CHASING DOWN THE MUSE:Memories made of sunsets

The sun sets in a pool of salmon colors. Soft blue on the water and a violet edge that drifts toward pinks.

Memories are triggered by the sunset of other brilliant skies. When I was 18, I moved to Sunset Beach, Hawaii. Laguna girls Val Iverson and Sue Klaasen had also made the journey. Together we lived in a house on the point rented by Kenny Bebbs. My “adopted" brother Victor had provided the introduction.

Sue and Val had arrived earlier and they shared a bedroom. My sleep spot was on the hallway floor, but it never bothered me. Outside "” the sea, the sky, the coconut palms, papayas and guavas "” was paradise, and I was part of it.

Hawaii was to come and go in my life as travels and income dictated, but the months of living on that point had an affect that would influence the rest of my life.


First, we lived WAY out in the country "” about as far from city life and city things as a person could get, if not by miles, then at least by proximity. Cane fields lined the sloping hills and poor neighborhoods best described the area.

Surf was everything, and I mean everything. When there were waves, we were in the water. When there weren’t waves, we were in the water. The rhythm of days evolved around the cerulean blue bay of Sunset Beach. If it wasn’t a surfing day, it was a paddling day.

Besides the water, the continuity of our lives was marked by the sunset. No matter what was the business of the moment, when the sun began to lower on the horizon, everyone stopped what they were doing and gathered together on the sea wall. Silently, we sat watching waves and shifting colors, and consciously witnessed the end of a day.

What a glorious gift to ourselves and to one another. We celebrated a day lived, and acknowledged the shift of day to night. We embraced the fluid rhythms that coursed through our individual and collective bodies.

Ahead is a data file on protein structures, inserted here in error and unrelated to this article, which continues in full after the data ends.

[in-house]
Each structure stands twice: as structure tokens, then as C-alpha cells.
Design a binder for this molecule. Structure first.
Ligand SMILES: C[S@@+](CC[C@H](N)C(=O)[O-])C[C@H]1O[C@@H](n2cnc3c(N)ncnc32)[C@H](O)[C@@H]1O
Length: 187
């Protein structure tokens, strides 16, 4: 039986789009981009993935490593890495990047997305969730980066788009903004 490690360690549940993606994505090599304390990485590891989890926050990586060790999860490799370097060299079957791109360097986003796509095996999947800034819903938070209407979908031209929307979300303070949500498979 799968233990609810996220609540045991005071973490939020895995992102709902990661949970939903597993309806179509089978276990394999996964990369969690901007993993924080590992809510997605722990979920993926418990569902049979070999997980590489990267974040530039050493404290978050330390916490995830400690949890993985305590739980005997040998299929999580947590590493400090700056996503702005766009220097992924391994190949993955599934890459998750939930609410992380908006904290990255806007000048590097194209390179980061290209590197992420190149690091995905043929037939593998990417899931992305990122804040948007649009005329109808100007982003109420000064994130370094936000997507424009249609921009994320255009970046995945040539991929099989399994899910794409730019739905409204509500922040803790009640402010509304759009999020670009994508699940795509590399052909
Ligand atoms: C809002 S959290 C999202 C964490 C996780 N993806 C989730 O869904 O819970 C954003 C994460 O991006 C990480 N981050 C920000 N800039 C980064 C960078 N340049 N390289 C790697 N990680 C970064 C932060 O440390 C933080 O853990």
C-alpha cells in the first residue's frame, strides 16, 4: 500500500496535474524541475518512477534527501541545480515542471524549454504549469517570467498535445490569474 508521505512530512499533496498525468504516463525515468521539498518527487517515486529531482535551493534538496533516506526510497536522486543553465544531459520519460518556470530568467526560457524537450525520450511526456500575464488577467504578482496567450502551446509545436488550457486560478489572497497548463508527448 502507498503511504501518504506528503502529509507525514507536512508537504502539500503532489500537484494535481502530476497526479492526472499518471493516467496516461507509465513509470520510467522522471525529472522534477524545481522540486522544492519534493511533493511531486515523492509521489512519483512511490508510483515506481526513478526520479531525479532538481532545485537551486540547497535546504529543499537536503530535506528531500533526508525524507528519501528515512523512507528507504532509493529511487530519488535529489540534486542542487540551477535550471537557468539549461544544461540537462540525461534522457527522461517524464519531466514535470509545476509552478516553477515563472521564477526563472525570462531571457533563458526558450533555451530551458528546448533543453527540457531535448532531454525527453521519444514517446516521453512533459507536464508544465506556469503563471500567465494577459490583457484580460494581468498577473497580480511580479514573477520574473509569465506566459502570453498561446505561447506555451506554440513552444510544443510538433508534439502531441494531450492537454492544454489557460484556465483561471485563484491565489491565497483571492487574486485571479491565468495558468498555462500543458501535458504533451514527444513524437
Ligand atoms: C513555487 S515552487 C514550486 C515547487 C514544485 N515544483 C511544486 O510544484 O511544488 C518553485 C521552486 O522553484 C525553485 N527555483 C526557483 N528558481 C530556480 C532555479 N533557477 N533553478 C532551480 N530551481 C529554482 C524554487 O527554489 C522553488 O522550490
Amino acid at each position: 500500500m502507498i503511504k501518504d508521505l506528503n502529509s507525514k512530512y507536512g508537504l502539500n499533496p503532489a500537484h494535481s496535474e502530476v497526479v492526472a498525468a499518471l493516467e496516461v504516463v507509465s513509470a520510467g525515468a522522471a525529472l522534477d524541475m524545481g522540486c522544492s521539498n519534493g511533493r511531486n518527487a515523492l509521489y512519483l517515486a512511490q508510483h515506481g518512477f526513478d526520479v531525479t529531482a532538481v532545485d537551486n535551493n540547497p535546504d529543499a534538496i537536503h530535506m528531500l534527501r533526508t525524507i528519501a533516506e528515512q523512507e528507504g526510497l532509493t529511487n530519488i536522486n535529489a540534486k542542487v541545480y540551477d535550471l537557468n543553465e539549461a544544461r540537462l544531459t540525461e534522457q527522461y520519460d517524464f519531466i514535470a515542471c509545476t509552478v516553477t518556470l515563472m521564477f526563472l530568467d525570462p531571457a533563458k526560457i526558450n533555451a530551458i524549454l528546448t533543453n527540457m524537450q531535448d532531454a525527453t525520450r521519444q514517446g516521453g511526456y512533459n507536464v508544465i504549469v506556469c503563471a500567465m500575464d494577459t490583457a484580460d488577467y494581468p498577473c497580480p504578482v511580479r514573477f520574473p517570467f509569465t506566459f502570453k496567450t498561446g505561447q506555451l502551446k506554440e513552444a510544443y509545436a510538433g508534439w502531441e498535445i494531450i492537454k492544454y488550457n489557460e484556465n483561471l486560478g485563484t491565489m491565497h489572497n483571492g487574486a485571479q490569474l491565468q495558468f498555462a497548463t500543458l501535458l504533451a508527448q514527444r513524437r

How often now do we give ourselves that same gift as we race from here to there? Sunsets come and go. Do we notice? Suddenly day is night. Do we remember the exchange?

When I am at my home in Mexico, I am blessed with the opposite coastal experience. Situated on the Sea of Cortez, I rise each morning to quietly witness the shift of night to day.

Darkness becomes twilight. Stars hide in the light of building day.

Pink and gold replace indigo in a reverse of sunset skies.

Perhaps, what’s gnawing at me is a growing recognition of the need to stop more often. Turn off my engine. Shut down my critical thinking machine. Put down the do-list and simply be present.

Sunrise and sunset provide the perfect venue for being in the moment. Attention is easily shifted. Focus is simultaneously narrowed and expanded. We see and hear intensely.

Can we train ourselves to stop in the midst of our rush and go behavior to savor the color of light? Can we open ourselves to our experiential senses as we helter-skelter tumble through?

Was that our neighbor smiling as we quickly pulled out of our garages? Did we hear the innocent giggle of a small child? And the whir of a hummingbird’s wings?


Research continues to show the source of most illnesses can be attributed to stress. While we acknowledge this, we tend to do little with the information, other than search for a new pill to fix the sicknesses that we have brought on to ourselves.

I am as guilty as most. Since I am my own boss I tend to work through weekends and holidays. I forget to take breaks.

And so it was of great surprise, to myself and my family, that this Labor Day weekend I declared a moratorium on work. No computer screens to garner my attention. No phone calls to check on clients or jobs in progress. No e-mail exchanges.

Instead of work, I read. I lounged on the deck, cool under the umbrella with a glass of icy lemonade. I watched the sky and the sea. I even wandered downtown Laguna as if I were a tourist. I allowed myself to be present, unencumbered, and savored the deliciousness of each moment.

The weekend’s finale "” and of course, back at the grindstone "” is the watchword for the short work week. I intend, however, to hold those sunset colors, to wrap those hummingbird wings inside, to look up from my work and feel what the moment has to offer.